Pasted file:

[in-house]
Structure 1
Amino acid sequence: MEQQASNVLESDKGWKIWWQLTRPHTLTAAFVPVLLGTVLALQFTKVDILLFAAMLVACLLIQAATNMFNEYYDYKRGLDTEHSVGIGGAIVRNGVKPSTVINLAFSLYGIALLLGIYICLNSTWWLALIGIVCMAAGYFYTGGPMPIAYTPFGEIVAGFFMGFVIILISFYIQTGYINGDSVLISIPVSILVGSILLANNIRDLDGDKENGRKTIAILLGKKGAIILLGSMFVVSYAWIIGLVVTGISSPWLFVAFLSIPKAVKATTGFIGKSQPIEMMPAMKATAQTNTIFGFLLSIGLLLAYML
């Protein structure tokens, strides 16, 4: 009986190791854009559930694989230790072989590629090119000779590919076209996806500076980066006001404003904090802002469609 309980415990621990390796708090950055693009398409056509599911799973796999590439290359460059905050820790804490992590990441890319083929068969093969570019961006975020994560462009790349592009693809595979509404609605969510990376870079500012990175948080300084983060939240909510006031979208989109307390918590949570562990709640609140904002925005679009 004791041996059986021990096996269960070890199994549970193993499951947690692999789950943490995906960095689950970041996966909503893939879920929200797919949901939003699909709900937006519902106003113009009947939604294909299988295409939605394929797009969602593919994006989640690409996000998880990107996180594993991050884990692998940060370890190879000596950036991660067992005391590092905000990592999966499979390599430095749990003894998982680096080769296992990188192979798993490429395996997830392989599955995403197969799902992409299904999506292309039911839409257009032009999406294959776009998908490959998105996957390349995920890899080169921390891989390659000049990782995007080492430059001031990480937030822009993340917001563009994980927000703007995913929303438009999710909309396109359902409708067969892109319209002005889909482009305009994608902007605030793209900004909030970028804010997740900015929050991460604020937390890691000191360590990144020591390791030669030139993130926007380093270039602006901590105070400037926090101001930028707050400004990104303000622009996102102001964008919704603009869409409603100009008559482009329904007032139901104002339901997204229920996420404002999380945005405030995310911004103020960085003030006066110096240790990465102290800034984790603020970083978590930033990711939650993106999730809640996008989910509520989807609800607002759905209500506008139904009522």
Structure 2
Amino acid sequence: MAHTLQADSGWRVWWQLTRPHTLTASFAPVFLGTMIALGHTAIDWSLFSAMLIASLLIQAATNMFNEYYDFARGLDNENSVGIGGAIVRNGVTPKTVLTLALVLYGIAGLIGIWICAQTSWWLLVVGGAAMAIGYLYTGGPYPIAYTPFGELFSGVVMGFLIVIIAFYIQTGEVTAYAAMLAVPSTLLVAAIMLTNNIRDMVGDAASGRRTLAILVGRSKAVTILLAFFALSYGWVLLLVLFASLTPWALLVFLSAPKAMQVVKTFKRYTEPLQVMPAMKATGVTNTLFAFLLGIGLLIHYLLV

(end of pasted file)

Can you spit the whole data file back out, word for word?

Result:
[in-house]
Structure 1
Amino acid sequence: MEQQASNVLESDKGWKIWWQLTRPHTLTAAFVPVLLGTVLALQFTKVDILLFAAMLVACLLIQAATNMFNEYYDYKRGLDTEHSVGIGGAIVRNGVKPSTVINLAFSLYGIALLLGIYICLNSTWWLALIGIVCMAAGYFYTGGPMPIAYTPFGEIVAGFFMGFVIILISFYIQTGYINGDSVLISIPVSILVGSILLANNIRDLDGDKENGRKTIAILLGKKGAIILLGSMFVVSYAWIIGLVVTGISSPWLFVAFLSIPKAVKATTGFIGKSQPIEMMPAMKATAQTNTIFGFLLSIGLLLAYML
């Protein structure tokens, strides 16, 4: 009986190791854009559930694989230790072989590629090119000779590919076209996806500076980066006001404003904090802002469609 309980415990621990390796708090950055693009398409056509599911799973796999590439290359460059905050820790804490992590990441890319083929068969093969570019961006975020994560462009790349592009693809595979509404609605969510990376870079500012990175948080300084983060939240909510006031979208989109307390918590949570562990709640609140904002925005679009 004791041996059986021990096996269960070890199994549970193993499951947690692999789950943490995906960095689950970041996966909503893939879920929200797919949901939003699909709900937006519902106003113009009947939604294909299988295409939605394929797009969602593919994006989640690409996000998880990107996180594993991050884990692998940060370890190879000596950036991660067992005391590092905000990592999966499979390599430095749990003894998982680096080769296992990188192979798993490429395996997830392989599955995403197969799902992409299904999506292309039911839409257009032009999406294959776009998908490959998105996957390349995920890899080169921390891989390659000049990782995007080492430059001031990480937030822009993340917001563009994980927000703007995913929303438009999710909309396109359902409708067969892109319209002005889909482009305009994608902007605030793209900004909030970028804010997740900015929050991460604020937390890691000191360590990144020591390791030669030139993130926007380093270039602006901590105070400037926090101001930028707050400004990104303000622009996102102001964008919704603009869409409603100009008559482009329904007032139901104002339901997204229920996420404002999380945005405030995310911004103020960085003030006066110096240790990465102290800034984790603020970083978590930033990711939650993106999730809640996008989910509520989807609800607002759905209500506008139904009522």
Structure 2
Amino acid sequence: MAHTLQADSGWRVWWQLTRPHTLTASFAPVFLGTMIALGHTAIDWSLFSAMLIASLLIQAATNMFNEYYDFARGLDNENSVGIGGAIVRNGVTPKTVLTLALVLYGIAGLIGIWICAQTSWWLLVVGGAAMAIGYLYTGGPYPIAYTPFGELFSGVVMGFLIVIIAFYIQTGEVTAYAAMLAVPSTLLVAAIMLTNNIRDMVGDAASGRRTLAILVGRSKAVTILLAFFALSYGWVLLLVLFASLTPWALLVFLSAPKAMQVVKTFKRYTEPLQVMPAMKATGVTNTLFAFLLGIGLLIHYLLV